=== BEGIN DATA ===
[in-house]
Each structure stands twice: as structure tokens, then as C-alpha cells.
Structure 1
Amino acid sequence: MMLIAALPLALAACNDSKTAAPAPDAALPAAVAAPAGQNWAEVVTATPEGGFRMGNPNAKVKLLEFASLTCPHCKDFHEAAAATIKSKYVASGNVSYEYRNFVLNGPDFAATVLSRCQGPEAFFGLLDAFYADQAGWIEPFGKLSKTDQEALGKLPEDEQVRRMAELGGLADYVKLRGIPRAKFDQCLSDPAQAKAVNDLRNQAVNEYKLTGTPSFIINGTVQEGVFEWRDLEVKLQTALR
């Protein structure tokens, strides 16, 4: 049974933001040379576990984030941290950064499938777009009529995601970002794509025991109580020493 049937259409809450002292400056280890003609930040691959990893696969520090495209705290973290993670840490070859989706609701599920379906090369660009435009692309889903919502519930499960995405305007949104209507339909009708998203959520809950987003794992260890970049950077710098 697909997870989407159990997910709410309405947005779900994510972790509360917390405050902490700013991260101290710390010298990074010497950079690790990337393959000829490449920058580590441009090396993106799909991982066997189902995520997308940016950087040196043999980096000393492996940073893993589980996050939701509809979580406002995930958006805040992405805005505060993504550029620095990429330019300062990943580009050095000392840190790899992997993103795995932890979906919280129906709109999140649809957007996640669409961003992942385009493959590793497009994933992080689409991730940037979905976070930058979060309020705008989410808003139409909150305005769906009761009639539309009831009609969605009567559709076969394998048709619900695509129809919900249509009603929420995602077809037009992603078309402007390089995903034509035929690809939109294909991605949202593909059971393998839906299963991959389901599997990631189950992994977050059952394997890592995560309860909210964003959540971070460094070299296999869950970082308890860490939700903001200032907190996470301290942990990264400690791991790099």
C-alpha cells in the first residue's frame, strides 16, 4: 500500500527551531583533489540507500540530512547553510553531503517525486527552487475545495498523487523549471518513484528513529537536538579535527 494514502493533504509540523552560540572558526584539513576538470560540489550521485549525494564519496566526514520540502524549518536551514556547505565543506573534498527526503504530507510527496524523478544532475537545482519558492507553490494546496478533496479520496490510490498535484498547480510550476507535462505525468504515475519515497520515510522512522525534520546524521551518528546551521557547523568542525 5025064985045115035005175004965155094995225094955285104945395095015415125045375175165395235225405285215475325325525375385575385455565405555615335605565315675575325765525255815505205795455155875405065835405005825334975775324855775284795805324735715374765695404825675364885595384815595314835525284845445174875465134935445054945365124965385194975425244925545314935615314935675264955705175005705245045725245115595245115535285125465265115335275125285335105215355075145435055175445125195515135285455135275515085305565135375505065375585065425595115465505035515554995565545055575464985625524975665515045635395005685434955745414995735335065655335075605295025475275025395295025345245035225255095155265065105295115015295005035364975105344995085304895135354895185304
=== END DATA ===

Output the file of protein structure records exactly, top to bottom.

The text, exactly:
[in-house]
Each structure stands twice: as structure tokens, then as C-alpha cells.
Structure 1
Amino acid sequence: MMLIAALPLALAACNDSKTAAPAPDAALPAAVAAPAGQNWAEVVTATPEGGFRMGNPNAKVKLLEFASLTCPHCKDFHEAAAATIKSKYVASGNVSYEYRNFVLNGPDFAATVLSRCQGPEAFFGLLDAFYADQAGWIEPFGKLSKTDQEALGKLPEDEQVRRMAELGGLADYVKLRGIPRAKFDQCLSDPAQAKAVNDLRNQAVNEYKLTGTPSFIINGTVQEGVFEWRDLEVKLQTALR
């Protein structure tokens, strides 16, 4: 049974933001040379576990984030941290950064499938777009009529995601970002794509025991109580020493 049937259409809450002292400056280890003609930040691959990893696969520090495209705290973290993670840490070859989706609701599920379906090369660009435009692309889903919502519930499960995405305007949104209507339909009708998203959520809950987003794992260890970049950077710098 697909997870989407159990997910709410309405947005779900994510972790509360917390405050902490700013991260101290710390010298990074010497950079690790990337393959000829490449920058580590441009090396993106799909991982066997189902995520997308940016950087040196043999980096000393492996940073893993589980996050939701509809979580406002995930958006805040992405805005505060993504550029620095990429330019300062990943580009050095000392840190790899992997993103795995932890979906919280129906709109999140649809957007996640669409961003992942385009493959590793497009994933992080689409991730940037979905976070930058979060309020705008989410808003139409909150305005769906009761009639539309009831009609969605009567559709076969394998048709619900695509129809919900249509009603929420995602077809037009992603078309402007390089995903034509035929690809939109294909991605949202593909059971393998839906299963991959389901599997990631189950992994977050059952394997890592995560309860909210964003959540971070460094070299296999869950970082308890860490939700903001200032907190996470301290942990990264400690791991790099």
C-alpha cells in the first residue's frame, strides 16, 4: 500500500527551531583533489540507500540530512547553510553531503517525486527552487475545495498523487523549471518513484528513529537536538579535527 494514502493533504509540523552560540572558526584539513576538470560540489550521485549525494564519496566526514520540502524549518536551514556547505565543506573534498527526503504530507510527496524523478544532475537545482519558492507553490494546496478533496479520496490510490498535484498547480510550476507535462505525468504515475519515497520515510522512522525534520546524521551518528546551521557547523568542525 5025064985045115035005175004965155094995225094955285104945395095015415125045375175165395235225405285215475325325525375385575385455565405555615335605565315675575325765525255815505205795455155875405065835405005825334975775324855775284795805324735715374765695404825675364885595384815595314835525284845445174875465134935445054945365124965385194975425244925545314935615314935675264955705175005705245045725245115595245115535285125465265115335275125285335105215355075145435055175445125195515135285455135275515085305565135375505065375585065425595115465505035515554995565545055575464985625524975665515045635395005685434955745414995735335065655335075605295025475275025395295025345245035225255095155265065105295115015295005035364975105344995085304895135354895185304